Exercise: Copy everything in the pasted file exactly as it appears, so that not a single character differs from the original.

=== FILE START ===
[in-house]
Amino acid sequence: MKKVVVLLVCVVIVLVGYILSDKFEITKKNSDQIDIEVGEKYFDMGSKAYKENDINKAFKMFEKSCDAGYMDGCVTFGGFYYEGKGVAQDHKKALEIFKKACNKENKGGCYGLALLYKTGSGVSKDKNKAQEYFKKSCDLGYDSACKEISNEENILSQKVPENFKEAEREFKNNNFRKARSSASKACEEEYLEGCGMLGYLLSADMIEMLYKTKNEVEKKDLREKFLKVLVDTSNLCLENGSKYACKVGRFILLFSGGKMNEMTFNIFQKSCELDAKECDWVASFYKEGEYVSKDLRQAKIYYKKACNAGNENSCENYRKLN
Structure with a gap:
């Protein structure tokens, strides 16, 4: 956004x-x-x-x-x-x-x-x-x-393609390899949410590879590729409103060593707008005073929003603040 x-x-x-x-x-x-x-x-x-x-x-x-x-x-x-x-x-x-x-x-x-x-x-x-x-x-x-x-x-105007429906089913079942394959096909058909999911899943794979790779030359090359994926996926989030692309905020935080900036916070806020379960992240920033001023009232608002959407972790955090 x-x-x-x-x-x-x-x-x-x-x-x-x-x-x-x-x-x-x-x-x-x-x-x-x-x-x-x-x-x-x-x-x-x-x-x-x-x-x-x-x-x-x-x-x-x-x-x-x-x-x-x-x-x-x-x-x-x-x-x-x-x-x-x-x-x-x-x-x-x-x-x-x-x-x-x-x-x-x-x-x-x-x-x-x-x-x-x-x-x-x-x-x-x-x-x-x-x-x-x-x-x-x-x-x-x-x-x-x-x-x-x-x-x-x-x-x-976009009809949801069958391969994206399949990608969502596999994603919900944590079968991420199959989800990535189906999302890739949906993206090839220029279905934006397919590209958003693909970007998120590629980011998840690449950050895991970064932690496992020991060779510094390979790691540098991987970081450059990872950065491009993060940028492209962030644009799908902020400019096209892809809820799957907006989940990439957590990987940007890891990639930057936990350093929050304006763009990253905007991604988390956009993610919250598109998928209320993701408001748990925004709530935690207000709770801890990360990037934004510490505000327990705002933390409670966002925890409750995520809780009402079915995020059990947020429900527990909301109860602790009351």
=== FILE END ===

[in-house]
Amino acid sequence: MKKVVVLLVCVVIVLVGYILSDKFEITKKNSDQIDIEVGEKYFDMGSKAYKENDINKAFKMFEKSCDAGYMDGCVTFGGFYYEGKGVAQDHKKALEIFKKACNKENKGGCYGLALLYKTGSGVSKDKNKAQEYFKKSCDLGYDSACKEISNEENILSQKVPENFKEAEREFKNNNFRKARSSASKACEEEYLEGCGMLGYLLSADMIEMLYKTKNEVEKKDLREKFLKVLVDTSNLCLENGSKYACKVGRFILLFSGGKMNEMTFNIFQKSCELDAKECDWVASFYKEGEYVSKDLRQAKIYYKKACNAGNENSCENYRKLN
Structure with a gap:
């Protein structure tokens, strides 16, 4: 956004x-x-x-x-x-x-x-x-x-393609390899949410590879590729409103060593707008005073929003603040 x-x-x-x-x-x-x-x-x-x-x-x-x-x-x-x-x-x-x-x-x-x-x-x-x-x-x-x-x-105007429906089913079942394959096909058909999911899943794979790779030359090359994926996926989030692309905020935080900036916070806020379960992240920033001023009232608002959407972790955090 x-x-x-x-x-x-x-x-x-x-x-x-x-x-x-x-x-x-x-x-x-x-x-x-x-x-x-x-x-x-x-x-x-x-x-x-x-x-x-x-x-x-x-x-x-x-x-x-x-x-x-x-x-x-x-x-x-x-x-x-x-x-x-x-x-x-x-x-x-x-x-x-x-x-x-x-x-x-x-x-x-x-x-x-x-x-x-x-x-x-x-x-x-x-x-x-x-x-x-x-x-x-x-x-x-x-x-x-x-x-x-x-x-x-x-x-x-976009009809949801069958391969994206399949990608969502596999994603919900944590079968991420199959989800990535189906999302890739949906993206090839220029279905934006397919590209958003693909970007998120590629980011998840690449950050895991970064932690496992020991060779510094390979790691540098991987970081450059990872950065491009993060940028492209962030644009799908902020400019096209892809809820799957907006989940990439957590990987940007890891990639930057936990350093929050304006763009990253905007991604988390956009993610919250598109998928209320993701408001748990925004709530935690207000709770801890990360990037934004510490505000327990705002933390409670966002925890409750995520809780009402079915995020059990947020429900527990909301109860602790009351």